- Laura Plitt
- BBC News World
They call it the Nobel disease, the Nobel effect, the Nobel syndrome and even nobelitis.
And although there are those who say that winning this prestigious award is not a condition sine qua non to suffer this “disorder”, the extensive list of laureates from the Swedish Academy who have succumbed to this evil is, however, striking.
From Pierre Curie (Physics, 1903) to Santiago Ramón y Cajal (Medicine, 1906), including Richard Smalley (Chemistry, 1996) and Luc Montagnier (Medicine, 2008), to name just a few.
But what exactly is this “disease” that can affect people of remarkable intelligence?
Far from being an official diagnosis, it is a somewhat ironic term that is often used to refer to the fact that be very smart and able in an area of knowledge does not necessarily mean that we are in another.
“You wouldn’t expect really smart people to do stupid things. But the fact that there are scientists with a Nobel prize who are also known to support strange ideas and hold wrong beliefs, makes it clear that there is a disconnection between intelligence or scientific success and rationality,” explains Sebastian Dieguez, a neuroscience researcher at the Laboratory of Cognitive and Neurological Sciences at the University of Friborg, Switzerland, to BBC Mundo.
The astonishing number of Nobel laureates who embrace theories bordering on the absurd, adds Shauna Bowes, a doctoral student in clinical psychology at Emory University, basically shows that “the critical thinking is linked to a specific area of knowledge and not to knowledge in general”.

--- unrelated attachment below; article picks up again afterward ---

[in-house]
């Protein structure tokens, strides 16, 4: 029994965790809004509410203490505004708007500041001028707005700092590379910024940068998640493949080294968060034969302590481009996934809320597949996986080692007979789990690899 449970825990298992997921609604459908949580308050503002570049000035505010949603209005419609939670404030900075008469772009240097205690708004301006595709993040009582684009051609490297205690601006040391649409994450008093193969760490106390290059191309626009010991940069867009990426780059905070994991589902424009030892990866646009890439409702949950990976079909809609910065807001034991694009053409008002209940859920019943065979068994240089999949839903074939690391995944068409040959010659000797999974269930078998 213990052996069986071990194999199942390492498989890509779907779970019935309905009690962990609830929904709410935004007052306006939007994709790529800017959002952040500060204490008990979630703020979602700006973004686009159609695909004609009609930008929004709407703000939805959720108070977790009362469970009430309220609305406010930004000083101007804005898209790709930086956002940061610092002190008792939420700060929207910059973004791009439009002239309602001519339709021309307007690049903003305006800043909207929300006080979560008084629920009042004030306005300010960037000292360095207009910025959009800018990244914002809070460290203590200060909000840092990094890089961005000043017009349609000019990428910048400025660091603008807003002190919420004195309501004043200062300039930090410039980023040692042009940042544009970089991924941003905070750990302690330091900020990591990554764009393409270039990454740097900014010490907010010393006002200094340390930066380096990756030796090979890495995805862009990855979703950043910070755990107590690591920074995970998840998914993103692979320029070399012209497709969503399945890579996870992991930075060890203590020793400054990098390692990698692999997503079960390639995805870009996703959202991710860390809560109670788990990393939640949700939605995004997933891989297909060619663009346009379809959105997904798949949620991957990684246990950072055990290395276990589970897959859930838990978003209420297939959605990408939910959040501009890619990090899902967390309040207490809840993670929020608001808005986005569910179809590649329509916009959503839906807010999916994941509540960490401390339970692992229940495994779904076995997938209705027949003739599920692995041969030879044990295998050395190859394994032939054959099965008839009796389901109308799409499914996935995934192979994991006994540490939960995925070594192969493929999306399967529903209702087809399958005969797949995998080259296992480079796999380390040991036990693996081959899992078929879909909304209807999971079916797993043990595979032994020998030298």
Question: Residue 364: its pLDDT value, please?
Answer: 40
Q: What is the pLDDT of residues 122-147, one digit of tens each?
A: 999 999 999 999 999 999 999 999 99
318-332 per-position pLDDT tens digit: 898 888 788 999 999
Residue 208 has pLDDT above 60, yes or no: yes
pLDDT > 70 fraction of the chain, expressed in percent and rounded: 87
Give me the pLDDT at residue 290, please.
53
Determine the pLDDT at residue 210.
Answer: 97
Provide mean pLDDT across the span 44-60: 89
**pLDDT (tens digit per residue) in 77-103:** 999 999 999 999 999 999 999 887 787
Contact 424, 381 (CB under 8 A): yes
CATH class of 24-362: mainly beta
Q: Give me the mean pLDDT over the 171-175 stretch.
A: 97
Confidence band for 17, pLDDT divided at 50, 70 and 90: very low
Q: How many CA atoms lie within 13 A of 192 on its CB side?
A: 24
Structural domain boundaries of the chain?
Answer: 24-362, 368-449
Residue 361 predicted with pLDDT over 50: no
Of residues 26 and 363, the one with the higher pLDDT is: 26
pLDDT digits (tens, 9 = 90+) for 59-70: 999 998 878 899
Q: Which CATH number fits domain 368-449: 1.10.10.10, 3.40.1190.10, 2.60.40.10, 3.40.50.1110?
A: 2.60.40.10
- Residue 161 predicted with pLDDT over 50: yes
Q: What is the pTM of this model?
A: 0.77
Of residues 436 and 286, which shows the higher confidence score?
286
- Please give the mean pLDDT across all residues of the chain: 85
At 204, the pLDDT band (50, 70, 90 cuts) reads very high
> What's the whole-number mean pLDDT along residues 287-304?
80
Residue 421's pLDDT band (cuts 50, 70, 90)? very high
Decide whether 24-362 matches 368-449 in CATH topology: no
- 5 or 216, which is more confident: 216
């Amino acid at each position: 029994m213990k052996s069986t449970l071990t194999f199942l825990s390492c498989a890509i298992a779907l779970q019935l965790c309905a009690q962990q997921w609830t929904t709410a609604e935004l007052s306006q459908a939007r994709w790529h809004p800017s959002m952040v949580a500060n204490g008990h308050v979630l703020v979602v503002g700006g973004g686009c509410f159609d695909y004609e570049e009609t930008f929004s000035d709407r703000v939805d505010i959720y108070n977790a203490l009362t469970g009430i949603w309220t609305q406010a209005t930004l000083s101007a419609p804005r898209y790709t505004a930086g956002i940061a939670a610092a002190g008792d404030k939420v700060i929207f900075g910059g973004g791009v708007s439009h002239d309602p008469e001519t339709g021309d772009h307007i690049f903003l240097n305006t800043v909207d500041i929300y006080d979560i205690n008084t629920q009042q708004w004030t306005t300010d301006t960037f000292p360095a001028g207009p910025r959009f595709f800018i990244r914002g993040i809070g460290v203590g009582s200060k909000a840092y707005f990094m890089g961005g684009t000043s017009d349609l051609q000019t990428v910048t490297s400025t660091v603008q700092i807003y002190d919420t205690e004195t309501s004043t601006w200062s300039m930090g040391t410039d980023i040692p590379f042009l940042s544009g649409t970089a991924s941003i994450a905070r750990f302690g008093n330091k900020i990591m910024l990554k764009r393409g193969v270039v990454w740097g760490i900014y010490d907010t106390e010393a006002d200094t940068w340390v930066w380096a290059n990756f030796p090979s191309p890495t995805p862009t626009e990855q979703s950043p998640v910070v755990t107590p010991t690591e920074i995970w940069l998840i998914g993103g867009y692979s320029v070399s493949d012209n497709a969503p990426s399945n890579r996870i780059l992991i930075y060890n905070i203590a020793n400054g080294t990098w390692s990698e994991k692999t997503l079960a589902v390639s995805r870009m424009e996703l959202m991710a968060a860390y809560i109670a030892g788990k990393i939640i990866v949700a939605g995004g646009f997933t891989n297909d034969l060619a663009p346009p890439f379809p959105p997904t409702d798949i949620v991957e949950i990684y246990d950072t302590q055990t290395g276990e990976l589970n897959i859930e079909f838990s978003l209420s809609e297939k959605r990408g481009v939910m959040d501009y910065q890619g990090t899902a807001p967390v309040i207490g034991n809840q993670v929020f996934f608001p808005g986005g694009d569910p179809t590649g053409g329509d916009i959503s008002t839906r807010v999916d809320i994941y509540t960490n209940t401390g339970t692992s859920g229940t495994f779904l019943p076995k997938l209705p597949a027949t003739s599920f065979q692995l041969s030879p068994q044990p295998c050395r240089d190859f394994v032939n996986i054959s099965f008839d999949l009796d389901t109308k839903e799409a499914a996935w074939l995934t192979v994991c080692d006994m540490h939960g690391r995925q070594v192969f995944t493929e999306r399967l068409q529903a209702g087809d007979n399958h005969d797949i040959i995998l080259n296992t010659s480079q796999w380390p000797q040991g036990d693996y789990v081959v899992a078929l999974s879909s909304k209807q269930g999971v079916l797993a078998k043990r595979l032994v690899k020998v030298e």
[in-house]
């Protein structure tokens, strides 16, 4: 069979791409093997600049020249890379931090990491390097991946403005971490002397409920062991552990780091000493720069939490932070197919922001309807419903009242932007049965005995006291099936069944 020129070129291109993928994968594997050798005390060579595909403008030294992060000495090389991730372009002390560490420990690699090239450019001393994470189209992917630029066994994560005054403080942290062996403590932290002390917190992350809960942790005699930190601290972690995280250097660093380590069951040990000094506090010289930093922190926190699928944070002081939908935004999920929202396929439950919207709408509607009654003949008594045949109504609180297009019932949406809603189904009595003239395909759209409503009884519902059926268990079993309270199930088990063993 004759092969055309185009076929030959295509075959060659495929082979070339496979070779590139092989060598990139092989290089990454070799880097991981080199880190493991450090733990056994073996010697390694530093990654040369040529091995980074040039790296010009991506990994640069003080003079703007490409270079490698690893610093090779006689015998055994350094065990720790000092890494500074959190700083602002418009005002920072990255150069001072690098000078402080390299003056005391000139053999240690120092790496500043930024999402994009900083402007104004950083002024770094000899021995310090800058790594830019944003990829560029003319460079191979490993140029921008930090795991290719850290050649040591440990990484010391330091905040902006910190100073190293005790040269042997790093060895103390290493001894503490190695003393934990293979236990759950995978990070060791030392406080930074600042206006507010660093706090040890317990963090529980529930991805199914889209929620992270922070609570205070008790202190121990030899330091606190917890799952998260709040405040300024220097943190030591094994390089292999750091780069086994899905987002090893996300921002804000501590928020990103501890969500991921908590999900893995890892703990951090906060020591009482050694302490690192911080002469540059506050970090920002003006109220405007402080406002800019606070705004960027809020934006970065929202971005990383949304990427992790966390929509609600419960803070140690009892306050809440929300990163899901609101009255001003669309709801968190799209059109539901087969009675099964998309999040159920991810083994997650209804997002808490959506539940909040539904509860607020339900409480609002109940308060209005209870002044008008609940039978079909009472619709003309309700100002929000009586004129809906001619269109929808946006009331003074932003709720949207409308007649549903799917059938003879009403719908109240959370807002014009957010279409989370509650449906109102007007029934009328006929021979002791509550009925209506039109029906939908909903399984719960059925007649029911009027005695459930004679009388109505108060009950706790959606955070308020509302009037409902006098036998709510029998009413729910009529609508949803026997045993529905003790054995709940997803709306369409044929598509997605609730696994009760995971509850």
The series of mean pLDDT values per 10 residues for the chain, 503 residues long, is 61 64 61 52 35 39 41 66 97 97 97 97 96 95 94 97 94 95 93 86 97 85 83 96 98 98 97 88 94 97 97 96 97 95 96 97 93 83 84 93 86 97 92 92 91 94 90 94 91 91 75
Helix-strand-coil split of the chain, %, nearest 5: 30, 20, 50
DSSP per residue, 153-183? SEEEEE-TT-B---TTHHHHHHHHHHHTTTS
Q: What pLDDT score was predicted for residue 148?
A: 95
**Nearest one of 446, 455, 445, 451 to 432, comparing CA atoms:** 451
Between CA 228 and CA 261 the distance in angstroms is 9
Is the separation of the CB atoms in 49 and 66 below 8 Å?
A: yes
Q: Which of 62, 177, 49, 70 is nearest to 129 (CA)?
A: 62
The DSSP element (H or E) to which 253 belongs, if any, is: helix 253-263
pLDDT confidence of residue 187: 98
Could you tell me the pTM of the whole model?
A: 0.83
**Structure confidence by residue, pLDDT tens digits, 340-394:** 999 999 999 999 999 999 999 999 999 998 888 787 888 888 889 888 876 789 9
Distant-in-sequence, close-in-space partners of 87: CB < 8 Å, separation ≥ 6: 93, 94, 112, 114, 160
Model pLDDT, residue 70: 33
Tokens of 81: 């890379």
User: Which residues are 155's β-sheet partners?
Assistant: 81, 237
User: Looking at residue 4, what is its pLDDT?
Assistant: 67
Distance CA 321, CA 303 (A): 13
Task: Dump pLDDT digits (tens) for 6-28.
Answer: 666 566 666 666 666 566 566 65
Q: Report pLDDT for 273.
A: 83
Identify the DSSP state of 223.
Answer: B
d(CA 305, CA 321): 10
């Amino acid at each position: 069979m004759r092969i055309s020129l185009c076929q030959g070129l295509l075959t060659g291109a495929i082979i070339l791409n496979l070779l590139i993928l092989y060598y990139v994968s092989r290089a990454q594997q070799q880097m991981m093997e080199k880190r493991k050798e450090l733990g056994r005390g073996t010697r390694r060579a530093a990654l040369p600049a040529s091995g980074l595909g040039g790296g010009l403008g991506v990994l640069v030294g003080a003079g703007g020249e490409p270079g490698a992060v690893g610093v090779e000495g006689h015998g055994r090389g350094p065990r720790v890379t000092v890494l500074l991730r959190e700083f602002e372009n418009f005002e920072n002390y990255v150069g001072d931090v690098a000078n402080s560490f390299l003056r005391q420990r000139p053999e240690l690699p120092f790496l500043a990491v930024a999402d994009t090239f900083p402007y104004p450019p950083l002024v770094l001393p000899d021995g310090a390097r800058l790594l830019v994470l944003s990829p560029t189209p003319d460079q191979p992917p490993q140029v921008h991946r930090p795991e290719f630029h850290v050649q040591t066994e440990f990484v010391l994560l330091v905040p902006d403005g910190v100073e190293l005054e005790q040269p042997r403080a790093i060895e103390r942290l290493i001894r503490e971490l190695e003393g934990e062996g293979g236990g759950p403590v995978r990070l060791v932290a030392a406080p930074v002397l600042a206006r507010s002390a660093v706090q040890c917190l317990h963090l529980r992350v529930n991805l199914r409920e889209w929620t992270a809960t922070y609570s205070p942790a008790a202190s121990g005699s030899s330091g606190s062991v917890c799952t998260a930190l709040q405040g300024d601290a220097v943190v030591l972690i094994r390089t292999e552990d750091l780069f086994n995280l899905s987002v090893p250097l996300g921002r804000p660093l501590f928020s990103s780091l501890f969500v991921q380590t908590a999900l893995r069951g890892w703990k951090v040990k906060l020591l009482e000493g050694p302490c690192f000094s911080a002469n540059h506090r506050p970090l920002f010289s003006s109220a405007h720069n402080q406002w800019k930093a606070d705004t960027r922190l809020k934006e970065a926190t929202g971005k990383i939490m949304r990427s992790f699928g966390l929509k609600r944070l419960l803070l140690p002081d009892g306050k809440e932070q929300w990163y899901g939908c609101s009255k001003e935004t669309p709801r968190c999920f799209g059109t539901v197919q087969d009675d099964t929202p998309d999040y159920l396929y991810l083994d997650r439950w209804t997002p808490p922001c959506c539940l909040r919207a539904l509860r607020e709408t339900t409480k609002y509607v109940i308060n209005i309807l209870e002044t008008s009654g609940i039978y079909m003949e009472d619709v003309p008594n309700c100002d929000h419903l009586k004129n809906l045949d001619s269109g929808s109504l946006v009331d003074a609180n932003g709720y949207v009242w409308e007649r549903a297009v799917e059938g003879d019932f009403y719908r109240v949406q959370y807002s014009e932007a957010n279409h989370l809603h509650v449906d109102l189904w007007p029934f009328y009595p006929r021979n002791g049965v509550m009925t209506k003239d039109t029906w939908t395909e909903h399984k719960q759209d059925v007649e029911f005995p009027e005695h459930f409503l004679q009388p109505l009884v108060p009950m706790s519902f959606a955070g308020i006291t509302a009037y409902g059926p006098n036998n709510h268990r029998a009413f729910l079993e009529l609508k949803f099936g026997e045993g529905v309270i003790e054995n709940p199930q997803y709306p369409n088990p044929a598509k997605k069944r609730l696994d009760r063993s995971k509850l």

That is, one (not necessarily a Nobel) can have a great knowledge of biology, history, psychology or whatever, but this does not mean that we will apply powerful critical thinking when it comes to astrophysics or other topics beyond our reach. .
This is because when it comes to issues outside our domain we usually resort to prejudices or mental shortcuts to make decisions or make sense of the world, and we do not submit these concepts to a strict evaluation (as we would do with topics that are related to us).
“In fact, applying the critical thinking mechanism takes a lot more effort and awareness than we’re probably comfortable admitting,” says Bowes.
In short: intelligence does not immunize us against crazy ideas.
Furthermore, Bowes adds, “a lot of research shows that critical thinking is quite separate from intelligence.”
“While intelligence is a skill that helps us solve problems and acquire information, critical thinking has to do with what do we do with that information and what sense do we give it”.
“Intelligence makes it more likely that we can think critically, but it certainly doesn’t ensure that we’re going to be good critical thinkers, especially when emotions and intuition come into the picture.”
The prize that makes you “immortal”
While we can all fall into the trap of aplombly discussing topics that are beyond our comprehension, Eleftherios Diamandis, Professor and Head of Clinical Biochemistry at the Department of Laboratory Medicine and Pathobiology at the University of Toronto, Canada, believes that the case for Nobel is special and circumscribes the nobelitis exclusively for this award.
“The Nobel is very different from any other prize that a scientist can win. While any other award is of course welcome, the Nobel is a unique distinction what makes you ‘immortal’. Nobody will remember you if you won a great prize elsewhere, but the whole world will remember you if you are a Nobel Prize winner,” he told BBC Mundo.
“This recognition means that the winners are treated differently, as if they were a celebrity, and the danger is that some, not all, believe that the medal gives them the opportunity to face projects and activities with which they are not familiar”, he continues.
“A classic example is from Frederick Banting, who discovered insulin in the early 1900s. As soon as he cured some patients with diabetes, he thought he could cure cancer later.”